by Jeffrey P. Snider: Wealth Paradox Not Effect


US Household Net Worth rose to a record $94.8 trillion in Q1 2017. According to the Federal Reserve’s Financial Accounts of the United States (Z1), aggregate paper wealth rose by more than 8% year-over-year mostly as the stock market shook off the effects of “global turmoil.” It was the best rate of expansion since the second quarter of 2014 just prior to this “rising dollar” interruption.

At such a high level, though, the ratio of net worth to spending has skyrocketed. That means the so-called wealth effect doesn’t appear to have any effect whatsoever. In Q1 1995, Household Net Worth was a quaint $27.3 trillion compared to $7.6 trillion in (nominal) Final Sales to Domestic Purchasers. That’s a ratio of $3.60 in “wealth” for every $1 in (nominal) spending. The latest estimates now suggest $4.85 in “wealth” for every $1 in (nominal) spending.

There isn’t even a detectable relationship between growth of net worth and consumer confidence. The theorized channel between asset prices, primarily, and economic growth in boosted “aggregate demand” is through the mood of households. Investors are largely consumers even if clustered toward the upper income strata, so economists believe that higher asset prices increase their confidence so as to loosen their purse strings even if otherwise they might be more cautious about spending.

The asset bubbles of late are clear enough on the chart immediately above, especially the differences surrounding the Great “Recession.” The housing bubble led to massive gains in (paper) wealth that didn’t translate fully into spending growth. And then afterward, the roaring stock market gains of the early “recovery” period were way out of line with the surveyed consumer mood. It is only recently that sentiment has caught up with wealth.

There is a much stronger relationship between at least the GDP version of consumer spending and confidence, meaning that “aggregate demand” in this channel is clearly not a product of the “wealth effect.” When then-Federal Reserve Chairman Ben Bernanke wrote on November 4, 2010, in the Washington Post justifying a second QE he was unusually explicit on this score:

And higher stock prices will boost consumer wealth and help increase confidence, which can also spur spending. Increased spending will lead to higher incomes and profits that, in a virtuous circle, will further support economic expansion.

The economic problem for paper wealth, consumer confidence, and then aggregate demand through stimulated spending is more than just the breakdown in that theoretical chain. None of these relationships have in the last eight years ever referenced the size of the contraction in the first place. Even the tighter relationship between Real PCE and the University of Michigan’s Index of Consumer Sentiment is misleading.

“Further economic expansion” in 2010 was an entirely different matter than it may be today. In a true recovery, which Bernanke was then trying to assure, there is a burst of unassailably high growth that makes up for the contraction immediately behind. The US economy instead resumed a growth trajectory at a lower level (reflected in lower confidence as well as spending) but without ever having filled in that great gap produced by the Great “Recession.”

In other words, these are all measures and means of describing and alleviating second order effects without ever addressing those of the first order. I know it’s a tautology but it must be stated; you don’t get a recovery without the recovery first. The focus on the post-crisis growth rate misses the point of having never addressed the crisis. It is the difference between non-linear and linear, the latter showing growth while the former demonstrating a shrunken economy still shrinking.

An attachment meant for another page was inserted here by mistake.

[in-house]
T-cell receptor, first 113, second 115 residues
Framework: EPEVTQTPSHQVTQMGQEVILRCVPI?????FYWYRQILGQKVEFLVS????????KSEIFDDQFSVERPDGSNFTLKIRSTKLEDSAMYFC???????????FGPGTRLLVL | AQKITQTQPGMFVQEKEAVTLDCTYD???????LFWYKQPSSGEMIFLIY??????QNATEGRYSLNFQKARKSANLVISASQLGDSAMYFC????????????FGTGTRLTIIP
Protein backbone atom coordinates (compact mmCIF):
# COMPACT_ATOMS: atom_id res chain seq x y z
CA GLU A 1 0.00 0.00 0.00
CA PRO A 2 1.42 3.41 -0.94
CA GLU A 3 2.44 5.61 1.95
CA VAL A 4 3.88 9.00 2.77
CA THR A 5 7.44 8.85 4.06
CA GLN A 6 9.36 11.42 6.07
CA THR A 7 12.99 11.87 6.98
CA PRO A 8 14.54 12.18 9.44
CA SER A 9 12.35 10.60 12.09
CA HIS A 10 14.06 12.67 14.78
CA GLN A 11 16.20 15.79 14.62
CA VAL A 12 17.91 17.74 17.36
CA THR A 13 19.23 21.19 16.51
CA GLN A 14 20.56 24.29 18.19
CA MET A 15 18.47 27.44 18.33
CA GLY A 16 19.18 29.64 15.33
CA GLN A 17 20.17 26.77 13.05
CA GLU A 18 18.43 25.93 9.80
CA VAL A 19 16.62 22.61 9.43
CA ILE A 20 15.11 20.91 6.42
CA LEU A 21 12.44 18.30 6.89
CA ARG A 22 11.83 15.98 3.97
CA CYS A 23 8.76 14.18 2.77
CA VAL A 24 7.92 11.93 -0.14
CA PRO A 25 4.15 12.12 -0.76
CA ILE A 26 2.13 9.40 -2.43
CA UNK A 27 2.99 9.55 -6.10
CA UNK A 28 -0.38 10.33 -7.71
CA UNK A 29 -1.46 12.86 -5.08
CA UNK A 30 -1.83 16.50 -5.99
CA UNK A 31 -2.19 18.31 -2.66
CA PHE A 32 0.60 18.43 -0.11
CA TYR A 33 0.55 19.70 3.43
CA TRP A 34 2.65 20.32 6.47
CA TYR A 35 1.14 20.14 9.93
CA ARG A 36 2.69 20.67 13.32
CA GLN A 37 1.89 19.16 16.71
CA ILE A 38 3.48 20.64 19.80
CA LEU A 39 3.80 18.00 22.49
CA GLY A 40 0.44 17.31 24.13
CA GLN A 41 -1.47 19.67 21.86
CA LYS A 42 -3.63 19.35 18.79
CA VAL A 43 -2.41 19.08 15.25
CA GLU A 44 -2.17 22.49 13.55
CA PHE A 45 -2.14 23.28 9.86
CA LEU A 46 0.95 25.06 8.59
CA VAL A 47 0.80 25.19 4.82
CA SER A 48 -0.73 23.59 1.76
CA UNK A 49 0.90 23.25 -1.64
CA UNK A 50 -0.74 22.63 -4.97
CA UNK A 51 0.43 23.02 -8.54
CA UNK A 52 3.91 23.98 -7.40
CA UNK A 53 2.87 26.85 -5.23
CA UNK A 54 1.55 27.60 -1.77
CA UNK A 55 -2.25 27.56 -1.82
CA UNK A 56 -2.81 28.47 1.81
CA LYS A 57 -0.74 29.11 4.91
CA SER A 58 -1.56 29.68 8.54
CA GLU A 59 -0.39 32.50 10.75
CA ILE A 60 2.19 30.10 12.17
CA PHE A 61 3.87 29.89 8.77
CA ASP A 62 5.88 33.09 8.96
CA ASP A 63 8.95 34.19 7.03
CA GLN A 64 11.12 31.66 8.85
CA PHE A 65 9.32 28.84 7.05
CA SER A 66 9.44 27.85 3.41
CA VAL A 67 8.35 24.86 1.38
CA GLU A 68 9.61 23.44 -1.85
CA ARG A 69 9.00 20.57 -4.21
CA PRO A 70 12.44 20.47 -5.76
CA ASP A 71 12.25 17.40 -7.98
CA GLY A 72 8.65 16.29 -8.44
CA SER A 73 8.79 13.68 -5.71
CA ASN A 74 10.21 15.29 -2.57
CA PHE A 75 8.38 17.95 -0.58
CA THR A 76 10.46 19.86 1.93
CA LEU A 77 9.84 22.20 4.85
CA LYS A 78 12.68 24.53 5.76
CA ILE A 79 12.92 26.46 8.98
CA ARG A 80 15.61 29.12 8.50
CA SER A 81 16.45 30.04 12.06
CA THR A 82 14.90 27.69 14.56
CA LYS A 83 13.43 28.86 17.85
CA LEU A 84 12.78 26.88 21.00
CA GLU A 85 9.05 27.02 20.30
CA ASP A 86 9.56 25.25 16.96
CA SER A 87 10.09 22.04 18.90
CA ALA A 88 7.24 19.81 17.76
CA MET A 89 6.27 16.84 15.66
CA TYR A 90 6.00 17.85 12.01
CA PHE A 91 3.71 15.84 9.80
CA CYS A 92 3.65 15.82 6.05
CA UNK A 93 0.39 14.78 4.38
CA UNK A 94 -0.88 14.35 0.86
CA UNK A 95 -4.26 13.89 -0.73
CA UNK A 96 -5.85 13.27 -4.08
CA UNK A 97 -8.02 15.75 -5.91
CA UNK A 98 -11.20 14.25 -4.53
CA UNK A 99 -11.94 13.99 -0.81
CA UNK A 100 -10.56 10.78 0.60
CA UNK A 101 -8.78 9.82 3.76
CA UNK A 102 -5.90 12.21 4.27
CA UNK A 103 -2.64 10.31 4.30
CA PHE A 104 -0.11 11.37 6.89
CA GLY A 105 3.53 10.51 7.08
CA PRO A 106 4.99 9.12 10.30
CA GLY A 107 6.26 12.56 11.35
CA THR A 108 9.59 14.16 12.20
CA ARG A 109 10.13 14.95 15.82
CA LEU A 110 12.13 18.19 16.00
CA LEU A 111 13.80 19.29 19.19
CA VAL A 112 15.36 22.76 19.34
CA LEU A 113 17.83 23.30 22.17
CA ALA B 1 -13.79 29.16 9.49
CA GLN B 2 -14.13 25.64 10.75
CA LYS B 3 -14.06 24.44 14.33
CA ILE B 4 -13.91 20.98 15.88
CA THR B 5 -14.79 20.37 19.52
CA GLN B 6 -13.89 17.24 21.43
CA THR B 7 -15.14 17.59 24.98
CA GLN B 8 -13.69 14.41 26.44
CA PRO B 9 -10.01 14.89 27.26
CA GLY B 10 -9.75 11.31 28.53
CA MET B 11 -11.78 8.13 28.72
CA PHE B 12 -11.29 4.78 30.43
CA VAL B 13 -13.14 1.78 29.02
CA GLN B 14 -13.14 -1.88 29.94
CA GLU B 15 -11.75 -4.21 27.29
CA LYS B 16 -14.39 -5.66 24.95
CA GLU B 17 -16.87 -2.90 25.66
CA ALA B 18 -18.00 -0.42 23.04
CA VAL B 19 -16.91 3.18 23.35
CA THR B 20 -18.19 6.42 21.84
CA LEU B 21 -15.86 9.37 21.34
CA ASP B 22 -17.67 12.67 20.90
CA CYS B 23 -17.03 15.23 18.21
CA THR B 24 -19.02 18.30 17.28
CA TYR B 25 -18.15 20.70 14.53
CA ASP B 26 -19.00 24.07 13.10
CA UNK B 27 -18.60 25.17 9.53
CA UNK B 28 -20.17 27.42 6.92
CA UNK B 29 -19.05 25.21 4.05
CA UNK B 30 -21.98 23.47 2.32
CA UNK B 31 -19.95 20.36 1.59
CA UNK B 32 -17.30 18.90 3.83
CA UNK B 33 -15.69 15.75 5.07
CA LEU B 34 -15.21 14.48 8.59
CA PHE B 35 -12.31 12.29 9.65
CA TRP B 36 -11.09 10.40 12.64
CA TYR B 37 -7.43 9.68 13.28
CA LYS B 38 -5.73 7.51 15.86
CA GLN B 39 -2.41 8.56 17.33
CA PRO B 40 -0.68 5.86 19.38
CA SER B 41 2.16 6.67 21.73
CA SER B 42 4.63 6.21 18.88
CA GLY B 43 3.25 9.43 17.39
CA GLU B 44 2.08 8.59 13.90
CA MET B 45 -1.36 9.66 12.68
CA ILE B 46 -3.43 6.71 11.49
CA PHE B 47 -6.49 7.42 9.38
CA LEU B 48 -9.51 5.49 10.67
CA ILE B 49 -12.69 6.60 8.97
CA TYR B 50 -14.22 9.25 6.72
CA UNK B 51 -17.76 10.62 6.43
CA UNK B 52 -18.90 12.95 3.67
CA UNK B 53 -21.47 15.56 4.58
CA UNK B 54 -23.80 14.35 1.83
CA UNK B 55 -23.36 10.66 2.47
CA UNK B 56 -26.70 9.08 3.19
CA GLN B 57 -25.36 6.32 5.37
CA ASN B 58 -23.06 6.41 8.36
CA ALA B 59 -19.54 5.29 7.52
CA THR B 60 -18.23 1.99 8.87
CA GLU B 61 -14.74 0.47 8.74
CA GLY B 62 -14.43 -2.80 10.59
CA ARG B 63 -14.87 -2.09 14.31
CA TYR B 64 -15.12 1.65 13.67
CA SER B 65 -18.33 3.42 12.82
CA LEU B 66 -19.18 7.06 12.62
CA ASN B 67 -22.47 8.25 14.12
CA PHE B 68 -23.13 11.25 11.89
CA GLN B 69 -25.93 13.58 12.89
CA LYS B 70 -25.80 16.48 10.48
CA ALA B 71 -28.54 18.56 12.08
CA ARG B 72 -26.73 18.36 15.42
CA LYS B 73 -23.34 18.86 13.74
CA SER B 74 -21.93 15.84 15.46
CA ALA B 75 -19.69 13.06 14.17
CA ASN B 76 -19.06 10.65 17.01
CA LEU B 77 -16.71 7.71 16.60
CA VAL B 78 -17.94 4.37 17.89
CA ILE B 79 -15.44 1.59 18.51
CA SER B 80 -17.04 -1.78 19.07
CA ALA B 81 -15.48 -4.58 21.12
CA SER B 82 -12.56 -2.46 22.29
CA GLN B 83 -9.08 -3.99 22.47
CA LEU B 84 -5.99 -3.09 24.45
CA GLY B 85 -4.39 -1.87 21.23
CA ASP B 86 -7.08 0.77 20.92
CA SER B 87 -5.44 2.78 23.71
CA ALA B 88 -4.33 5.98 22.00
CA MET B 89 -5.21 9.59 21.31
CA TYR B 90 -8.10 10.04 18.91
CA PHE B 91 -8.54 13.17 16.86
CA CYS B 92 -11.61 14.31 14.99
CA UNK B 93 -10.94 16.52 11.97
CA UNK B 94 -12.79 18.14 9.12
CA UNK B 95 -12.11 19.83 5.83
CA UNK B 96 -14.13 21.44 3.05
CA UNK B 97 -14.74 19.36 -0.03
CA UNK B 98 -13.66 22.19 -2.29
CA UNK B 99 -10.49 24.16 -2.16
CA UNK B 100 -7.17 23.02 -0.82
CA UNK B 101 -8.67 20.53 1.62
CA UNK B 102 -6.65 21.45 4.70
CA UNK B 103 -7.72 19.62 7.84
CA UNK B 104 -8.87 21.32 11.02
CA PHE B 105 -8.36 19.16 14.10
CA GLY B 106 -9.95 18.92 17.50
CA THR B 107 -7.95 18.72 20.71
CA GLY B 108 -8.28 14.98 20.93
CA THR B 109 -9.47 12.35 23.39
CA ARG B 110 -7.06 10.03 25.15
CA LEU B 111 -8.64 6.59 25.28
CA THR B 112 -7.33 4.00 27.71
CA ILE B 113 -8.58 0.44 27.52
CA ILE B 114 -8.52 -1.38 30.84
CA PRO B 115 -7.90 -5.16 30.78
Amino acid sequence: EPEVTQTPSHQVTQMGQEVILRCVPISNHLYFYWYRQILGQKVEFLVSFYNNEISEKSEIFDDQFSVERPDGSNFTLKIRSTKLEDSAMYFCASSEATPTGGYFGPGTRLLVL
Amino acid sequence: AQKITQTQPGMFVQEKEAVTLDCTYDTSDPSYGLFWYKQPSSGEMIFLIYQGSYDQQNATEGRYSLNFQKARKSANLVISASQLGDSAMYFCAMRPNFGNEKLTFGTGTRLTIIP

Thus, the disparity between “wealth” and economy will only grow so long as asset prices are largely focused on those second order changes and extrapolating them in a straight (linear) line far out into the future. In linear terms, it seems plausible that the atrocious economy of the last ten years will have to at some point just end. Rising consumer sentiment and even wealth, though unrelated, might seem to even increase the possibility. But that is really nothing more than circular logic.

Instead, the big economic problem in the first order becomes clear through other comparisons that better reflect the non-linear nature of the problem.

Because the global economy starting in 2007 was subjected to “dollar” decay and has since shrunk without many people realizing it, there are any number of drastic imbalances that present challenges of measurement or even just raw intuition. Wealth is at an all-time high while the global economy is stuck in depression, which sounds like a paradox. It really isn’t, as the deficiency in the first place starts with the incorrect perspective provided by mainstream economics, including every angle of Bernanke’s theory of “stimulus.”

People, again, know there is something wrong, but what is it? Where once there was a dot-com bubble, there is now a Depression Bubble Paradox. Two decades ago, stock investors bet on even better economic conditions without ever understanding the real nature of their contemporary economic conditions. Today, they see ahead the end of the stagnation though similarly they have no idea why there was stagnation in the first place. In both cases, valuations become so stretched wagering on a future positive (non-linear) shift that will make the present, and those valuations, nothing but minor inconveniences. We know how the first one ended, and by examining the eurodollar we have at least a rational basis to detect reasonable possibilities for the second.

Unfortunately, from that first order basis of eurodollar erosion this latest bubble isn’t likely to end in full recovery; at least not first.